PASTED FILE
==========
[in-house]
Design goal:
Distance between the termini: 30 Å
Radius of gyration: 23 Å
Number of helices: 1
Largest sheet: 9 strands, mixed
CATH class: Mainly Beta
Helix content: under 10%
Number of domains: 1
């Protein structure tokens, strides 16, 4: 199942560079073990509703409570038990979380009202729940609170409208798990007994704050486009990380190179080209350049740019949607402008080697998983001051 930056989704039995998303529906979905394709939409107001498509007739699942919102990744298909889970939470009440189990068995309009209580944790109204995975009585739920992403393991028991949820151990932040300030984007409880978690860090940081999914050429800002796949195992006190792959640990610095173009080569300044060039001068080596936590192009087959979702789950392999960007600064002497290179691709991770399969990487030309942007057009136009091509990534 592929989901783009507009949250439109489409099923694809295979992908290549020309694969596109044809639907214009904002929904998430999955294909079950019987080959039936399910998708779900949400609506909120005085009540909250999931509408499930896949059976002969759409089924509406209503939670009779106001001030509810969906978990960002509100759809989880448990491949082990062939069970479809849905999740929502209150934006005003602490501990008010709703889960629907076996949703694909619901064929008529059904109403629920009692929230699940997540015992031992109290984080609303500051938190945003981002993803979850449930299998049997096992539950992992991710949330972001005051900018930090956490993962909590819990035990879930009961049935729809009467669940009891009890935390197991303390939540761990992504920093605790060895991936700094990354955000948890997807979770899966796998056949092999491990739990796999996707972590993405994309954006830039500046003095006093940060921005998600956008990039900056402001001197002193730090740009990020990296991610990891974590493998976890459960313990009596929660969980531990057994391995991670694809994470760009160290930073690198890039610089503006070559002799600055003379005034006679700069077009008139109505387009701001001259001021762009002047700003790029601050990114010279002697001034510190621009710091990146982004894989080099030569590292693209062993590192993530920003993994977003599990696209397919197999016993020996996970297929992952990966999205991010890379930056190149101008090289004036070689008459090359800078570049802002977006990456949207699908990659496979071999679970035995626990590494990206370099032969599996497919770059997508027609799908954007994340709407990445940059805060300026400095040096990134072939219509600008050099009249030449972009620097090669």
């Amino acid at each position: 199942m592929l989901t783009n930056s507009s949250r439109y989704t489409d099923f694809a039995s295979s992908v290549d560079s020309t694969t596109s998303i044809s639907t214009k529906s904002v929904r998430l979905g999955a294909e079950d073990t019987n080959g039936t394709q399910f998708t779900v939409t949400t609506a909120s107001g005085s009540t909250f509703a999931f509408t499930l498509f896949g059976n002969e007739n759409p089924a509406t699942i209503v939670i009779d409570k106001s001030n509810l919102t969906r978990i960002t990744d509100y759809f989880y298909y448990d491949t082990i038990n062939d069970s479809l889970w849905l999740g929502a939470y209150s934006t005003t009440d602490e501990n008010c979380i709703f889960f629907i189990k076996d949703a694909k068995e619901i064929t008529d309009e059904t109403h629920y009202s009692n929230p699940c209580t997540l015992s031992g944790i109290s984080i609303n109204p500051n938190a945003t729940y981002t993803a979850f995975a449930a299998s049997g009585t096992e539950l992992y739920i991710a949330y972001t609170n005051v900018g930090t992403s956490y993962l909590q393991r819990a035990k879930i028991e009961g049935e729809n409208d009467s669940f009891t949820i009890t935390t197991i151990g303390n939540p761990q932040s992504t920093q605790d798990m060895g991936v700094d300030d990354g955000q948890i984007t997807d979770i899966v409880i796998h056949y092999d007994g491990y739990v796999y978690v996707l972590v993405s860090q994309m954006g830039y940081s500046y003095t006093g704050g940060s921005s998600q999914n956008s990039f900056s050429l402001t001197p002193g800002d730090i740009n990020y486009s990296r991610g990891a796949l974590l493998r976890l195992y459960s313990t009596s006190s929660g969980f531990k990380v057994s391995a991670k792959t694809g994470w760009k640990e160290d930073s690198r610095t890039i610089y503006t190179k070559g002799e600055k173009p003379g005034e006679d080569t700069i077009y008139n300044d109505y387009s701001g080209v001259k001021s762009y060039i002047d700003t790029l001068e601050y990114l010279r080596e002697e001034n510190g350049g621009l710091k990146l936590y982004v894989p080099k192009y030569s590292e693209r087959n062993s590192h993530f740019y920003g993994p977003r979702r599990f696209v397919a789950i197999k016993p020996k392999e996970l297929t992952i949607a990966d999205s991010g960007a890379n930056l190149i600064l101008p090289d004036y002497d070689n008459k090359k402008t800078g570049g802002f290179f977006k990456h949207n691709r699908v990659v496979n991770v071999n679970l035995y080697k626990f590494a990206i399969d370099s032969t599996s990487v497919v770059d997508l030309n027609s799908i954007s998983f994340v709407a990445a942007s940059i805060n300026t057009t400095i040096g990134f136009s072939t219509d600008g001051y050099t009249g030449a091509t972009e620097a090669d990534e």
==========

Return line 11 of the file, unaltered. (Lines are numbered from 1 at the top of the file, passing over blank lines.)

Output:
């Amino acid at each position: 199942m592929l989901t783009n930056s507009s949250r439109y989704t489409d099923f694809a039995s295979s992908v290549d560079s020309t694969t596109s998303i044809s639907t214009k529906s904002v929904r998430l979905g999955a294909e079950d073990t019987n080959g039936t394709q399910f998708t779900v939409t949400t609506a909120s107001g005085s009540t909250f509703a999931f509408t499930l498509f896949g059976n002969e007739n759409p089924a509406t699942i209503v939670i009779d409570k106001s001030n509810l919102t969906r978990i960002t990744d509100y759809f989880y298909y448990d491949t082990i038990n062939d069970s479809l889970w849905l999740g929502a939470y209150s934006t005003t009440d602490e501990n008010c979380i709703f889960f629907i189990k076996d949703a694909k068995e619901i064929t008529d309009e059904t109403h629920y009202s009692n929230p699940c209580t997540l015992s031992g944790i109290s984080i609303n109204p500051n938190a945003t729940y981002t993803a979850f995975a449930a299998s049997g009585t096992e539950l992992y739920i991710a949330y972001t609170n005051v900018g930090t992403s956490y993962l909590q393991r819990a035990k879930i028991e009961g049935e729809n409208d009467s669940f009891t949820i009890t935390t197991i151990g303390n939540p761990q932040s992504t920093q605790d798990m060895g991936v700094d300030d990354g955000q948890i984007t997807d979770i899966v409880i796998h056949y092999d007994g491990y739990v796999y978690v996707l972590v993405s860090q994309m954006g830039y940081s500046y003095t006093g704050g940060s921005s998600q999914n956008s990039f900056s050429l402001t001197p002193g800002d730090i740009n990020y486009s990296r991610g990891a796949l974590l493998r976890l195992y459960s313990t009596s006190s929660g969980f531990k990380v057994s391995a991670k792959t694809g994470w760009k640990e160290d930073s690198r610095t890039i610089y503006t190179k070559g002799e600055k173009p003379g005034e006679d080569t700069i077009y008139n300044d109505y387009s701001g080209v001259k001021s762009y060039i002047d700003t790029l001068e601050y990114l010279r080596e002697e001034n510190g350049g621009l710091k990146l936590y982004v894989p080099k192009y030569s590292e693209r087959n062993s590192h993530f740019y920003g993994p977003r979702r599990f696209v397919a789950i197999k016993p020996k392999e996970l297929t992952i949607a990966d999205s991010g960007a890379n930056l190149i600064l101008p090289d004036y002497d070689n008459k090359k402008t800078g570049g802002f290179f977006k990456h949207n691709r699908v990659v496979n991770v071999n679970l035995y080697k626990f590494a990206i399969d370099s032969t599996s990487v497919v770059d997508l030309n027609s799908i954007s998983f994340v709407a990445a942007s940059i805060n300026t057009t400095i040096g990134f136009s072939t219509d600008g001051y050099t009249g030449a091509t972009e620097a090669d990534e």